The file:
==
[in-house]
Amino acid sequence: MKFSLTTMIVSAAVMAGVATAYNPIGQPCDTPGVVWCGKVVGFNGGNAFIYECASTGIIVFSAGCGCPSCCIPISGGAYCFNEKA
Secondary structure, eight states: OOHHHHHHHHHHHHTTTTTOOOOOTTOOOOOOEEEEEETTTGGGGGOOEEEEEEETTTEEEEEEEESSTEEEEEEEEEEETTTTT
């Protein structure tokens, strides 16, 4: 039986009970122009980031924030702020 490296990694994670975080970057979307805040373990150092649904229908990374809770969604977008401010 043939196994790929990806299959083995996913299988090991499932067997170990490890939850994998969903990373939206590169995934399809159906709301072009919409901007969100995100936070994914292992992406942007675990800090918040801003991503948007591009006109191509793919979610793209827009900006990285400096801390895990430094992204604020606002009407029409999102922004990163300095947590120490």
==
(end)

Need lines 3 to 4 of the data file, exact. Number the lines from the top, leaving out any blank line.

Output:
Secondary structure, eight states: OOHHHHHHHHHHHHTTTTTOOOOOTTOOOOOOEEEEEETTTGGGGGOOEEEEEEETTTEEEEEEEESSTEEEEEEEEEEETTTTT
């Protein structure tokens, strides 16, 4: 039986009970122009980031924030702020 490296990694994670975080970057979307805040373990150092649904229908990374809770969604977008401010 043939196994790929990806299959083995996913299988090991499932067997170990490890939850994998969903990373939206590169995934399809159906709301072009919409901007969100995100936070994914292992992406942007675990800090918040801003991503948007591009006109191509793919979610793209827009900006990285400096801390895990430094992204604020606002009407029409999102922004990163300095947590120490």